Celebrations Are Times of Togetherness

Celebrations Are Times of Togetherness

Throughout the world, in all cultures and religious traditions, celebrations are times of togetherness, enjoyment and sharing. However, these times can be challenging and emotionally charged for children who are in care. This can be for reasons including being away from family, encountering new traditions or missing familiar ones, and possibly feeling lonely and out of place. We asked several of the organisations we work with how they approach times of celebration for the children and families they support.


We notice that emotions can heighten for young people in care during the holiday seasons. Some feel excited, some feel frustrated and lonely, while others are sceptical due to their lived experiences. We find it’s good to have a special daily check-in with them during the holidays as they process big thoughts and feelings until they feel settled and comfortable.

“Shortly before Christmas, a teen boy came into our care after living with another foster family for five years. His biological mom passed away when he was quite young, and we spent time learning about traditions he enjoyed. My husband, whose mother also passed, has an annual Christmas tradition where he places an angel ornament on a special tree filled with angels in memory of the people no longer with us. The child in our care wanted to participate, and this year will mark the fifth Christmas he and my husband have placed angels on the tree together.”

Foster Family stand together in front of Christmas Tree
Mother and two daughters in Indonesia


Indonesia still has a strong tradition of celebrating, especially Eid al-Fitr for Muslims, which happens at the end of Ramadan. We gather with family and relatives, eat traditional delicacies, and children usually receive Eidi (money and gifts given by elders). During Eid, children who live in foster families can have the opportunity to gather with their birth family or relatives when it’s safe, possible and supported by our team. They can’t imagine what it’s like to celebrate the holidays when they’re not with their birth families and often feel very sad. The meaning of family for them can hardly be represented in words, as said by 16-year-old Siti in Ponorogo East Java, “The point is, family is like heaven for my life”.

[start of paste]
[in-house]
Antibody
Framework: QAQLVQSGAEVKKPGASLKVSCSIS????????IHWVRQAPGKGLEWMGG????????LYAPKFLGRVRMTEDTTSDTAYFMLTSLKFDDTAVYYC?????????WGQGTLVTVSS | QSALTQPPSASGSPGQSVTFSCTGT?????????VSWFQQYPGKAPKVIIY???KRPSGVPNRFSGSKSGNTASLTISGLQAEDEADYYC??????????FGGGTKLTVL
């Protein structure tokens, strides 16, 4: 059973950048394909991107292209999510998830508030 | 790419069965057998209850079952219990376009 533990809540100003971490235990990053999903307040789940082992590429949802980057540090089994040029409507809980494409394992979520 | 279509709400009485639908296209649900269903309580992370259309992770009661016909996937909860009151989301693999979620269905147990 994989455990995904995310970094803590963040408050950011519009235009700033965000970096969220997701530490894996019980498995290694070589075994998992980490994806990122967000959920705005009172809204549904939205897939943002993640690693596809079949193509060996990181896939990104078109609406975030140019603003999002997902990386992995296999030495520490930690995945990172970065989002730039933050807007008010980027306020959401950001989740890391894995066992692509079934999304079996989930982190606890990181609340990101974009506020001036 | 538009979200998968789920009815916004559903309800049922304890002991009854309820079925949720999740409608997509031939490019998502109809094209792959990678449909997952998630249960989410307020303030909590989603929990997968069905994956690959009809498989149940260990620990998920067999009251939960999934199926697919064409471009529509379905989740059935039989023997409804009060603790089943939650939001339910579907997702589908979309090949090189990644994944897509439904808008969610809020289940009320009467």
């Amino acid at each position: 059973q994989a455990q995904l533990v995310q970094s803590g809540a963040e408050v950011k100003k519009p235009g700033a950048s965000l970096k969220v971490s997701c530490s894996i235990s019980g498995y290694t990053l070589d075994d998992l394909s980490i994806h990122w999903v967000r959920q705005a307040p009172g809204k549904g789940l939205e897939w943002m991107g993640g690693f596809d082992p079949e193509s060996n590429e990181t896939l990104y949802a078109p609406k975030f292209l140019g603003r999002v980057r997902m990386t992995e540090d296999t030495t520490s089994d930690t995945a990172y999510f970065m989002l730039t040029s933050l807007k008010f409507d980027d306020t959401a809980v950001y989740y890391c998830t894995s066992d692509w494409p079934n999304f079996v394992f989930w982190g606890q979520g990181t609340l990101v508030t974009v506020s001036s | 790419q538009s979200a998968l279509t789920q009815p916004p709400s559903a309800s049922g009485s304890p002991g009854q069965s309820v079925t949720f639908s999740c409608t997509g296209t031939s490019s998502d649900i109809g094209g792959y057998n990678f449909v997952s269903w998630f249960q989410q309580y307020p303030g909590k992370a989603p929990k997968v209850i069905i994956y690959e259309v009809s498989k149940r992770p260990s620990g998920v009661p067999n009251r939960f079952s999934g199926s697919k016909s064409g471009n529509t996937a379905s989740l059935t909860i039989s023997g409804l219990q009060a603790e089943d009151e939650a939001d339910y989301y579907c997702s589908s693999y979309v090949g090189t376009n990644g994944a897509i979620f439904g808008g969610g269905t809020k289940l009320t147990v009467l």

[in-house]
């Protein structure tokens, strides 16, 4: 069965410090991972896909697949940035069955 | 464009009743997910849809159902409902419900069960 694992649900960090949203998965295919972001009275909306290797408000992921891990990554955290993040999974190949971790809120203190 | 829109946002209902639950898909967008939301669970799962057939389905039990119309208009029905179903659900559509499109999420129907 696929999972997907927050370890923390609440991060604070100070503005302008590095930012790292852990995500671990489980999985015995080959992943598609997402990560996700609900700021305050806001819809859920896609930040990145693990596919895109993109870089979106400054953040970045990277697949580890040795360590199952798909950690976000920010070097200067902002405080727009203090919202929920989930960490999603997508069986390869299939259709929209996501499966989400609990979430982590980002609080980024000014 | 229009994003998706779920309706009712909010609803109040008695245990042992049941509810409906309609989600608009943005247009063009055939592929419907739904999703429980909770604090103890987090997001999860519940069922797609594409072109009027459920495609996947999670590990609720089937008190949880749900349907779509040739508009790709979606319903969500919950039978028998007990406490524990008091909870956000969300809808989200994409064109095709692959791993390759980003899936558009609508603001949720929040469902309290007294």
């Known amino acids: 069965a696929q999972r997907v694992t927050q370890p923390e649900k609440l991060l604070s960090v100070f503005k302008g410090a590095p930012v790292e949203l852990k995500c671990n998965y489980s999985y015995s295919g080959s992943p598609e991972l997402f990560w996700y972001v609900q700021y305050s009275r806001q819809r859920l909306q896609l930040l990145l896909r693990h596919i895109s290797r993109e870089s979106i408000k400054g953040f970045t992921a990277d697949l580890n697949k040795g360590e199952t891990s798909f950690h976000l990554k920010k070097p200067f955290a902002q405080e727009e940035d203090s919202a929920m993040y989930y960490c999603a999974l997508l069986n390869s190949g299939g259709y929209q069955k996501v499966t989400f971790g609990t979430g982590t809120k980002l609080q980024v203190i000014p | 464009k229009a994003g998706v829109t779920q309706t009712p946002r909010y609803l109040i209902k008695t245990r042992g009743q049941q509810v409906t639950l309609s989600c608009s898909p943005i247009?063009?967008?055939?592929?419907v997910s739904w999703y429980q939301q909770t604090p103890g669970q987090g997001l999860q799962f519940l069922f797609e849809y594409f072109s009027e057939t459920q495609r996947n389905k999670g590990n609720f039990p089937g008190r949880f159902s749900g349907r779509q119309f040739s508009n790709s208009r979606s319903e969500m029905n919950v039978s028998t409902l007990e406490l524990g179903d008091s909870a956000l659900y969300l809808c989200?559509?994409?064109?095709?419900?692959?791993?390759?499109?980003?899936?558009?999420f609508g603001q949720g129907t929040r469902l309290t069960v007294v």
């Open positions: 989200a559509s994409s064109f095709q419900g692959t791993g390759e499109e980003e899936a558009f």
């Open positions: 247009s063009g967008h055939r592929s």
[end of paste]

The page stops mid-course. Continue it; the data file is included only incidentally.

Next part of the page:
Holidays can be emotional times for children in care that may be connected to trauma, loss and grief they’ve experienced. Often the biggest challenge is that you are not with the people you are accustomed to celebrating with or are not familiar with the celebrations or customs being celebrated.

Our advice to carers is to actively listen to the children and young people, respect their needs and wishes to not participate in the celebrations, and incorporate the child’s customs, traditions and celebrations into your celebrations. If traditions are overwhelming, allow the young person space to support their emotional wellbeing. You can also consider allowing them to create new rituals and experiences.

Foster mother with two children wearing reindeer antlers in front of christmas tree
FAMadagascar Social Worker with young mother


Christmas can be challenging for the families we support, as they were excluded from such celebrations for many years due to living in extreme poverty on the street. While the deeper meaning of Christmas represents Jesus’ birth, the materialism that has become part of the celebrations can sadly mark the massive divide between the marginalised and the privileged.

It’s also challenging for the families we support to be with their extended families as they are out of touch often due to tragic circumstances that led to them being on the street. Our community and social workers are sensitive in the support we provide these families during the holidays. They visit them with special food, drinks and small gifts for the children. They take time to be with them and celebrate with them and their new friends in the community.

For the first time, these families felt accepted and included during the holiday celebrations and know they are part of a community that cares for them and their children.


Often, children who are not with their birth families want to celebrate holidays including Diwali, Eid, Dussehra, Gurupurb, or Christmas, but need support and companions to enjoy. As part of our Families Together programme, we ensured that children come together and were engaged in planning and preparing for the celebrations. During Diwali, the festival of lights, the children decorated diyas (lamps) and shared them with each other in the community. They also made sandwiches and shared them with other families in the surrounding area. While doing this, they experienced joy and happiness and learned to share and be grateful for each other, making the celebration memorable and meaningful. A small effort like this can bring happiness to others that they cannot experience when alone.

Happy Diwali drawing
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